Leneal Frazier's family watched with mixed emotions Tuesday afternoon as the Minneapolis police officer who crashed into Frazier's car and killed him appeared in court for the first time.
"I was angry, but I just hope justice will [prevail]," Frazier's mother, Jacqueline Jackson, said afterward. "He needs to be held accountable."
Officer Brian Cummings made a brief first appearance after crashing into Frazier's SUV on July 6 while he pursued a suspected stolen vehicle. Cummings, 37, was charged in October with second-degree manslaughter and criminal vehicular homicide, rare charges against a police officer in Minnesota.
Cummings, who is out of custody, appeared via Zoom with his attorney, Thomas Plunkett. Cummings spoke only briefly to tell Hennepin County District Judge Tamara Garcia that he could hear her through the computer. An omnibus hearing was set in his case for Dec. 9, ending the two-minute hearing.
Cummings was charged via summons, which allowed him to turn himself in to be booked at the Hennepin County jail in October and released the same day.
Assistant Hennepin County Attorney Judith Cole said at Tuesday's hearing that under his release, Cummings must remain law-abiding and attend his court appearances.
Frazier's family members and one of their attorneys, Jeff Storms, spoke about the case afterward in front of City Hall, where Minneapolis police are headquartered. They thanked supporters and the Hennepin County Attorney's Office for charging the case.
"Today as we all stand here, it's indisputable that Leneal Frazier should be alive and here with his family," Storms said. "This was no mere accident. It was something that was preventable. It was something that warranted a criminal investigation. The Hennepin County Attorney's Office showed some courage and did the right thing by charging officer Brian Cummings."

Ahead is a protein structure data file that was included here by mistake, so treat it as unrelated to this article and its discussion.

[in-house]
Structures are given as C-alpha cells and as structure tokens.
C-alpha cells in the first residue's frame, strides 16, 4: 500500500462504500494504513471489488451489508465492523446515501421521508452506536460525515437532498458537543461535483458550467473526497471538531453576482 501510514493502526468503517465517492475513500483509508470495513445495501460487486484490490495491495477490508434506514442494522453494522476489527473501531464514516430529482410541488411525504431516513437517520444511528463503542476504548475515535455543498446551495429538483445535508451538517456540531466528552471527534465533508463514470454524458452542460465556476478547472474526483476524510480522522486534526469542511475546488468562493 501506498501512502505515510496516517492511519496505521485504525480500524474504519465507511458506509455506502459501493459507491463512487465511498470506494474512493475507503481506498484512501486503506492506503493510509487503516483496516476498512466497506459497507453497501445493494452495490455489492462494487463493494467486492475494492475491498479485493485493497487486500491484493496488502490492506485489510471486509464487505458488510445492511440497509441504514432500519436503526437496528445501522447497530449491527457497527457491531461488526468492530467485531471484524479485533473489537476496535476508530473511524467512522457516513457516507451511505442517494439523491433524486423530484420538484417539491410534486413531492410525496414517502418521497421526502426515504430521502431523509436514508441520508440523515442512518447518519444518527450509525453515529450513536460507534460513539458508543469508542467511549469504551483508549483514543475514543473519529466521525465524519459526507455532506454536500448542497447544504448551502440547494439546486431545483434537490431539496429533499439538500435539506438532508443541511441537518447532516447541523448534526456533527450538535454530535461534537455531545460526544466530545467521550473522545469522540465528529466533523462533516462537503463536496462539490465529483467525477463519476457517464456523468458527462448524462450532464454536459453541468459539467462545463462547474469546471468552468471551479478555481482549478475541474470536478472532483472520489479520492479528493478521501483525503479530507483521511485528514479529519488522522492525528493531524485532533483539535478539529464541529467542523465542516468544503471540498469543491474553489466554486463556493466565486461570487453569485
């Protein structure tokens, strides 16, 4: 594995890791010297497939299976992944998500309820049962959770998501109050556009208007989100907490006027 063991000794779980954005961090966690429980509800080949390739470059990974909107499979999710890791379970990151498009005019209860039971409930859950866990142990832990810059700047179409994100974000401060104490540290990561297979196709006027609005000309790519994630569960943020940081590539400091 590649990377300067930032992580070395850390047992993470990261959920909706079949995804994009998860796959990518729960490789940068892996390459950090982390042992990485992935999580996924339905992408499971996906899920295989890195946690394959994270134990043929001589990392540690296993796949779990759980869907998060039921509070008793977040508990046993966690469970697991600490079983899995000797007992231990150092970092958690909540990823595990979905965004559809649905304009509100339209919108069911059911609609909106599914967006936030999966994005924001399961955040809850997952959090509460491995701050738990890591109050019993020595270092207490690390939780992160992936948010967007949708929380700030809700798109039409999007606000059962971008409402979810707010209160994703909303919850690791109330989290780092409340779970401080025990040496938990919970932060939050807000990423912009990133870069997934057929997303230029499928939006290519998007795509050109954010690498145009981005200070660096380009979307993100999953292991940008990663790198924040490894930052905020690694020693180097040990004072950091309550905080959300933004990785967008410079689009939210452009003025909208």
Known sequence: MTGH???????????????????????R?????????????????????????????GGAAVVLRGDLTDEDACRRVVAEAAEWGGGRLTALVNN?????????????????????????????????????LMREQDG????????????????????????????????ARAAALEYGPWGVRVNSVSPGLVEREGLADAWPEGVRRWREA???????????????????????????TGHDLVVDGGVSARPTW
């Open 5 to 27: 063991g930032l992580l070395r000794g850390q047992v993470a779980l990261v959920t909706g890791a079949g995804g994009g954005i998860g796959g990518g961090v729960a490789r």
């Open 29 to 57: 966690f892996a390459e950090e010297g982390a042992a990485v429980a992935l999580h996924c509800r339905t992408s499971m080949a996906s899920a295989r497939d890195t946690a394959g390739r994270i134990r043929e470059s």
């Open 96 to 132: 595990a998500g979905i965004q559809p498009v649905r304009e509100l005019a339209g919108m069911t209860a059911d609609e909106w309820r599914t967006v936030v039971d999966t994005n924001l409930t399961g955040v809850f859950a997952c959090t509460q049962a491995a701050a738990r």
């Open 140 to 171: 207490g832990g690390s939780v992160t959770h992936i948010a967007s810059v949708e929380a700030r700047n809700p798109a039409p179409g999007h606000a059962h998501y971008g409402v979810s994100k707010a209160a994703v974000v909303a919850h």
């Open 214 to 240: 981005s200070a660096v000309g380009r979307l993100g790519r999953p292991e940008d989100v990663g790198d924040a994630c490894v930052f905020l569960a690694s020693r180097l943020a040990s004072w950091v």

The County Attorney's Office alleges that Cummings was driving 90 mph on residential streets in north Minneapolis when he ran a red light and entered the intersection Frazier was crossing. Cummings struck the driver's side of Frazier's SUV at about 78 mph, according to the charges.
"We just hope that he's going to get convicted," said Frazier's younger sister, Cheryl Frazier. "He wasn't doing his job right. He knows he shouldn't have been driving the way that he was driving."
The family expressed cautious optimism about the case and deep sadness at losing Frazier, 40, of St. Paul.
"We still got a long road ahead of us," Cheryl Frazier said. "None of this stuff will bring my brother back, but I mean it's a step toward justice for him."
Frazier's younger brother, Orlando Frazier, said he looked up to his brother as a mentor.
"My brother was the rock of this family," he said. "It's hard every day not waking up to his smile, him laughing, joking."
Cheryl and Orlando Frazier described their brother as "always happy." They said they would especially miss him around Thanksgiving, because the five siblings and their parents moved to the Twin Cities and have few relatives in the area.
"We was always in the kitchen together," Cheryl Frazier said fondly of her brother at Thanksgiving time. "He was always a great help … he always … thought he could cook better than me, but he can't."
Jackson said Frazier visited her daily. "I miss my son every day," she said.
It's rare to see charges filed against officers in high-speed chases, Storms said. The case against Cummings was "very surprising and shocking" for Frazier's family, who have filed a notice of claim against the city — a precursor for a possible lawsuit. Storms said any possible lawsuit would wait until after the criminal case is resolved.
"We have an example of the criminal justice system actually holding an officer accountable, and we're going to take a step back and watch that happen, because justice for Leneal is by far the most important thing for this family," he said. "Civil justice is another aspect of it, but it's not for today."
According to the charges: Cummings' pursuit of the stolen vehicle covered 20 city blocks. The stolen Kia, running stop signs and red lights, was traveling about 100 mph when it crossed a red light at an intersection and nearly struck Frazier's Jeep.
The suspects in the stolen car and Cummings, who had his lights and siren activated, were heading north on N. Lyndale Avenue. Frazier was driving 25 mph, the posted speed, westbound on 41st Avenue when he entered the intersection on a green light.
Cummings sped through the intersection and struck Frazier's car. Cummings would have had a clear view of the red light, the charges said.
A Minneapolis police spokesman said in late October that Cummings was still with the department and that his assignment wasn't public information. The department did not respond to a question Tuesday about his employment status.
Chao Xiong • 612-270-4708